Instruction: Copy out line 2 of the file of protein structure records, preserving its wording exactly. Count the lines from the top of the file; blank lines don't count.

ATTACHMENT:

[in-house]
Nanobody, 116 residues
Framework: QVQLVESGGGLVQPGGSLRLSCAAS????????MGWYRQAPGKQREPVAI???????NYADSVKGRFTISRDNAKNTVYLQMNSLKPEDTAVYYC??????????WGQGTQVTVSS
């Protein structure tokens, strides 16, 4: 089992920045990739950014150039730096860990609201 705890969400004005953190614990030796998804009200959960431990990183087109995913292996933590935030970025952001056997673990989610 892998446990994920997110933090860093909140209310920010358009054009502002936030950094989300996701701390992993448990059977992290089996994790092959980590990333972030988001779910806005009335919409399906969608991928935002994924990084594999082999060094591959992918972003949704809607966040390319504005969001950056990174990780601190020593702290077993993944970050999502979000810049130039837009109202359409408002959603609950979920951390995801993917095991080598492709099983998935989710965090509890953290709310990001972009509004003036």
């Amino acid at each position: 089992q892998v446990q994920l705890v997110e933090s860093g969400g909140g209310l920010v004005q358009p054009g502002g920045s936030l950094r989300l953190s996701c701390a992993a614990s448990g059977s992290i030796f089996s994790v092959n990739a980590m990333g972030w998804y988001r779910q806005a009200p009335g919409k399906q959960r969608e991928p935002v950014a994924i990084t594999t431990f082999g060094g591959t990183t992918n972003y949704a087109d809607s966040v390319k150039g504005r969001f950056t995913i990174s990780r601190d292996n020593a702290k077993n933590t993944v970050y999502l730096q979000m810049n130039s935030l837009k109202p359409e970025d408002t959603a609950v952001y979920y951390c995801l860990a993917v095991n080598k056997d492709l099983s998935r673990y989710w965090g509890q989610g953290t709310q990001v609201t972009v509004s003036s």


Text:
Nanobody, 116 residues